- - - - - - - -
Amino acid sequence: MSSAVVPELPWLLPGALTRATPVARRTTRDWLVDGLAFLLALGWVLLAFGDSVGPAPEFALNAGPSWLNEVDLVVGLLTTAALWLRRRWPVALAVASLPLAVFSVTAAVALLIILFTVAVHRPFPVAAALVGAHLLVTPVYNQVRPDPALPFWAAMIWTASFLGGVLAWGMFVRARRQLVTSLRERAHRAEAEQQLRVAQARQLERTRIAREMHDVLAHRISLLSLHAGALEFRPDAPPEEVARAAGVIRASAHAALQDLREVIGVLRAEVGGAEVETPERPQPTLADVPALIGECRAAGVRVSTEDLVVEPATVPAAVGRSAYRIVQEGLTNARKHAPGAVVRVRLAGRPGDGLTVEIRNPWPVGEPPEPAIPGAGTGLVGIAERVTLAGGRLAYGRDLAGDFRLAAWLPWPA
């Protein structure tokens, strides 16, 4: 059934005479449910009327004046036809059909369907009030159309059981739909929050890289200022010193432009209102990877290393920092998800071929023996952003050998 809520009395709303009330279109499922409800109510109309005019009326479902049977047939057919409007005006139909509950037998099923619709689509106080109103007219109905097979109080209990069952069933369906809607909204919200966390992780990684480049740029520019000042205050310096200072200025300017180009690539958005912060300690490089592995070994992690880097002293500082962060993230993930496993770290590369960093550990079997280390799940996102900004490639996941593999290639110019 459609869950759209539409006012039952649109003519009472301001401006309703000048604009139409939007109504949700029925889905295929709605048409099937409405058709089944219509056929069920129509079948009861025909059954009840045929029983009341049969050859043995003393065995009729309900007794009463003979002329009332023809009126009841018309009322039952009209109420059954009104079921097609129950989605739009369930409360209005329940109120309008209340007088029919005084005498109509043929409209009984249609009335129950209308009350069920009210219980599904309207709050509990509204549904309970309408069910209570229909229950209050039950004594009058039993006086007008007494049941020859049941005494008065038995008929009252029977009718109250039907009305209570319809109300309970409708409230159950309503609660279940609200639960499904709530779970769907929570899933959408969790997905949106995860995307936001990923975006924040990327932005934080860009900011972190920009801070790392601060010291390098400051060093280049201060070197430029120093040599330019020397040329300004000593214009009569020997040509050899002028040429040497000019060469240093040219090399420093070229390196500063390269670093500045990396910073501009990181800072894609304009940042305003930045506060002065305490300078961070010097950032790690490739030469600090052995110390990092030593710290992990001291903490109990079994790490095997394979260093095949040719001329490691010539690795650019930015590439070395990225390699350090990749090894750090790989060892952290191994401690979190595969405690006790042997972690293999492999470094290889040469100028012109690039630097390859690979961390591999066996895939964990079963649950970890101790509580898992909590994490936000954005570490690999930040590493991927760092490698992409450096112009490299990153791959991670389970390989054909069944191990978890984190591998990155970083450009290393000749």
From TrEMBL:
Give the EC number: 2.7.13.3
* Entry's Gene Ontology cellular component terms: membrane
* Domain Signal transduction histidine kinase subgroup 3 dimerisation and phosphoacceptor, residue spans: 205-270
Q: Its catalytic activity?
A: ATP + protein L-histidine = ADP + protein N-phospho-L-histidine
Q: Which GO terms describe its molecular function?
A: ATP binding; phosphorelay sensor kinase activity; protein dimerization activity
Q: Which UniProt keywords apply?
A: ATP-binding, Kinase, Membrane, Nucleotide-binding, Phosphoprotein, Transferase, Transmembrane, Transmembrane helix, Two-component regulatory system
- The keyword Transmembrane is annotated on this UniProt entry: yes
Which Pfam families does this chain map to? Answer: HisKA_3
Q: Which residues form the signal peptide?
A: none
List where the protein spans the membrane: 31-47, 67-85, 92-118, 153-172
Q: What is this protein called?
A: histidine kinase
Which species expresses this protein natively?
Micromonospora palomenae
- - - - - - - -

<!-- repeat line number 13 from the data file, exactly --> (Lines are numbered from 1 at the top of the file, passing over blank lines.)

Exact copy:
- The keyword Transmembrane is annotated on this UniProt entry: yes